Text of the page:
How we raised $180 thousand in a few weeks with no product
Hey, it’s FreShlaganov on air!
I left VC for the startup world this May and founded EduDo where we’re developing a mobile platform with short interactive educational videos generated by users (hopefully!).
Today I’d like to tell you how we raised our first investment.
In case we prove our main hypotheses EduDo is a story of quick growth and raising large investments. For example, TikTok in 2018 spent over $200 million only on Google Ads!
We are making a platform product, so we inevitably face the chicken and egg problem from the very beginning: no content — no value for users, no users — no content. Therefore, we need a sufficiently large amount of content on the platform from scratch to test our fundamental hypothesis (that users generally need short interactive educational videos).
Accordingly, you need to motivate content makers and pay production companies for video processing. All this sums up into a lump sum. Besides, we still need money for marketing to attract the first users, and the team. Therefore, I set myself a challenge to raise at least $150,000.
Of course, I cheated a bit in the fundraising game, because I have a VC background. I had some idea what angel investors might be interested in our story, and who would be of interest to us. Besides, I personally knew many of them well enough. The result was the fastest possible raising of investment commits with a fairly decent conversion rate of 117% (I met with 6 angels, everyone decided to jump in, and one of them also invited a friend ready to commit). As a result, we raised about $180,000. There are also several investors ready to join in case we need additional investments.
How did I present the startup? My VC experience helped me understand that at this stage, investors have several basic motivations, and it is important to inspire confidence in them in each of these areas.
Primary motivation is, of course, making profits. It is important to show that a startup can grow into something huge (not a problem at all in our case), and that there is a clear plan (or rather an if-then algorithm) on how to achieve this. By the way, a small life hack to check how cool an angel investor is — the best of them understand that the details of the type of business model and target audience can and should change a thousand times, so they make a decision based on two basic questions — how big a company can become if successful, and will these people be able to grow it to such a state?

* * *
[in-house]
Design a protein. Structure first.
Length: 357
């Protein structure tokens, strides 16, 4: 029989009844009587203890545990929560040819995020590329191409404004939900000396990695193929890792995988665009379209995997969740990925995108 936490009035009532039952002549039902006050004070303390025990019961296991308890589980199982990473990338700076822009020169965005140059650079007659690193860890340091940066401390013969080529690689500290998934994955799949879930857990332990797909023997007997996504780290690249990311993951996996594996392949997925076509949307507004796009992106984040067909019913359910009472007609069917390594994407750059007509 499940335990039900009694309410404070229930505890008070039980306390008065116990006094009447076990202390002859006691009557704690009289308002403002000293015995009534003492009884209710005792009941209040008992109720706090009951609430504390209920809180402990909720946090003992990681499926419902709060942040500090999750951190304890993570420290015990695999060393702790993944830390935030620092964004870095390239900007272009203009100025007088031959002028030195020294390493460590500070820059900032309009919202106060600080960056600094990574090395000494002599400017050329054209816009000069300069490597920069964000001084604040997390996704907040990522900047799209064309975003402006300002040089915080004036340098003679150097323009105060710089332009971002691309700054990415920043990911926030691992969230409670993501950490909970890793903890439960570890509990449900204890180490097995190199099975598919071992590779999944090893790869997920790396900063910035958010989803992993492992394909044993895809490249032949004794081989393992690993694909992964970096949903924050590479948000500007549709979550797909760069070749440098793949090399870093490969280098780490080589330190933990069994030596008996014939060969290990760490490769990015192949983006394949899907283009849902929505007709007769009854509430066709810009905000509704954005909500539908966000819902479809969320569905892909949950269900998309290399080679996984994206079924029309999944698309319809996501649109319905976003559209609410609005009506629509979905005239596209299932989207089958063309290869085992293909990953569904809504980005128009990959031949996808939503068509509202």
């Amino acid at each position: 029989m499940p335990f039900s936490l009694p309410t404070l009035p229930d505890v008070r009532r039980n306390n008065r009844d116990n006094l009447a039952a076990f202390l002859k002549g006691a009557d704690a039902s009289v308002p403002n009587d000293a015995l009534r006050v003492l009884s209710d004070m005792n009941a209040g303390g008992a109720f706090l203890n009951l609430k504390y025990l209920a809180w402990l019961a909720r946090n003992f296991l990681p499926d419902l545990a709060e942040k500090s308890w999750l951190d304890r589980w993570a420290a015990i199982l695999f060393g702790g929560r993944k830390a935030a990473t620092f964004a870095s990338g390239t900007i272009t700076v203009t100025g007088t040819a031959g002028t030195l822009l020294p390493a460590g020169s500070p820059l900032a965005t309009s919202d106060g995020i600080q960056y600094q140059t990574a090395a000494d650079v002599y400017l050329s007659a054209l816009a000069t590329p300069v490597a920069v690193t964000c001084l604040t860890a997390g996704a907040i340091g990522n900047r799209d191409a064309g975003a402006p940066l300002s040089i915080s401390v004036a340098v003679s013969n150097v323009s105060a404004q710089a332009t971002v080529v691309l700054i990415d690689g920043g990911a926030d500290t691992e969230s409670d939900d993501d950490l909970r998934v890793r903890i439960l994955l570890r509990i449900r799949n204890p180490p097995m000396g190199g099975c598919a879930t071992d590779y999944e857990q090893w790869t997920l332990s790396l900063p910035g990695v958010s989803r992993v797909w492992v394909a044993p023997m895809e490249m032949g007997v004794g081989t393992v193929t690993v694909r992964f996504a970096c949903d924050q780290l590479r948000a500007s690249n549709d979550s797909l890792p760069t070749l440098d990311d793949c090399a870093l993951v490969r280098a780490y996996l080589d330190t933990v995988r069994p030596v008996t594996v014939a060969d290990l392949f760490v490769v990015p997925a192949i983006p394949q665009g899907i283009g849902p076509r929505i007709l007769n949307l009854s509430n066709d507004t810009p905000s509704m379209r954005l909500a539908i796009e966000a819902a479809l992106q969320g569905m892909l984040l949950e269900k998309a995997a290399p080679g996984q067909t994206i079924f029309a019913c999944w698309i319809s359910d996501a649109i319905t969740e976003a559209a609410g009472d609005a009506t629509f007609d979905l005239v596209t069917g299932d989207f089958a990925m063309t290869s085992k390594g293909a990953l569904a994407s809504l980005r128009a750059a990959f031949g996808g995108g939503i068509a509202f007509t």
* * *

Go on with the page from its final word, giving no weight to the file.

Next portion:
Another motivation is becoming a part of a cool story at the earliest stage. Startups are very interesting and new, so many angels invest in order to feel involved in something cool, at least for the sake of telling their friends and partners at meetings what an interesting company they’ve invested in. It is important to show that what you do is really cool, that you are making a breakthrough product that can provide more value to users and cool insights to everyone involved.
The third motivation is access to talent. It’s no secret that 90% of startups fall short of their goal, and that’s okay. But what remains is people, many of whom will try again and again after the first attempt until they succeed. Accordingly, angels often invest in long-term relationships with people who are meant to create. It is important to show that this is the kind of team you are. There is no one-size-fits-all way to do this — it’s about a mix of your experience, desire to learn and motivation.
These are the basic conclusions I made when I tried the investment market from a different side. I hope my experience was helpful to you. Stay tuned!
You can also read my previous articles: